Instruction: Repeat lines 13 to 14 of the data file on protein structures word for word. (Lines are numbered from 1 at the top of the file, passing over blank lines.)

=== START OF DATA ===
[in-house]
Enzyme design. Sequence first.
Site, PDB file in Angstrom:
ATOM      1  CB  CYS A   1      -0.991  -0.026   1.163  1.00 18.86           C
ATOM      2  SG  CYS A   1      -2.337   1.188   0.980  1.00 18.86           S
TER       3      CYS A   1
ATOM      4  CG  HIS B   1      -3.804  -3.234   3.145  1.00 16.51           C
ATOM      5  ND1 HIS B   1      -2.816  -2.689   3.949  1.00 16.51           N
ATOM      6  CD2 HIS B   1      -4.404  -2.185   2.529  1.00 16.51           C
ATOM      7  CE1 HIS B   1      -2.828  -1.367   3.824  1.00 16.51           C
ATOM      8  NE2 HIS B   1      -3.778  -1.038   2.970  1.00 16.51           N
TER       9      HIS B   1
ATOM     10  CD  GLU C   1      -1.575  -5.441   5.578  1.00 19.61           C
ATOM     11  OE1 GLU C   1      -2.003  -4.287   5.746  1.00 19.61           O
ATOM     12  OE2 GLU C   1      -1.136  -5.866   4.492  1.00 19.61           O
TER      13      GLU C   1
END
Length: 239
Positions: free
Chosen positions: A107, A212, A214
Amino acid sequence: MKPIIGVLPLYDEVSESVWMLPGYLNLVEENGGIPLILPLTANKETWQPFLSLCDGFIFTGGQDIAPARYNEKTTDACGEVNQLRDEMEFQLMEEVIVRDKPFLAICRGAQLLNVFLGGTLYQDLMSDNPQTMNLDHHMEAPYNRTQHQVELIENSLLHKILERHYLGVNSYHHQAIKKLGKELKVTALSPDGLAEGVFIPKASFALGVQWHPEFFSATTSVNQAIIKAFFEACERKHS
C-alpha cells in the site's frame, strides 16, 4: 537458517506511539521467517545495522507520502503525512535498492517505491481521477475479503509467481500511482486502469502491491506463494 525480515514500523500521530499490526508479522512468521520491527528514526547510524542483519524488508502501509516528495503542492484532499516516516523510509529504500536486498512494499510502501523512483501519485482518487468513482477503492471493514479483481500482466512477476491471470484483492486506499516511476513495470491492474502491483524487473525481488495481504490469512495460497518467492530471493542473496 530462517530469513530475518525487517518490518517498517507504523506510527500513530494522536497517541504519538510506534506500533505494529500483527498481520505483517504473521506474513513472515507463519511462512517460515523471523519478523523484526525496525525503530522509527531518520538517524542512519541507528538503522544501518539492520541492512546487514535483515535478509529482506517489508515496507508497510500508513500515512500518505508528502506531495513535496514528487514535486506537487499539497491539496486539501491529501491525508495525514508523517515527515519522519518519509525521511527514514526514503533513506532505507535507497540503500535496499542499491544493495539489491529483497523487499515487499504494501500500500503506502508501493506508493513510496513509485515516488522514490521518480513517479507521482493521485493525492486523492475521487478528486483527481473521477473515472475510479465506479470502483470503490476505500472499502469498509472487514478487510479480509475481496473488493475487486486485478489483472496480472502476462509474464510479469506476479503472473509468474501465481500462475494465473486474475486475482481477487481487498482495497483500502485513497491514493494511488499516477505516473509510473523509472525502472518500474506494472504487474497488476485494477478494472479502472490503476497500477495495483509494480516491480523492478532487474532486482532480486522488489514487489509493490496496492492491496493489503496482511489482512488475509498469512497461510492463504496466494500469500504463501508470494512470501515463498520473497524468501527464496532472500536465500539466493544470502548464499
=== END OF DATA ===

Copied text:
ATOM     10  CD  GLU C   1      -1.575  -5.441   5.578  1.00 19.61           C
ATOM     11  OE1 GLU C   1      -2.003  -4.287   5.746  1.00 19.61           O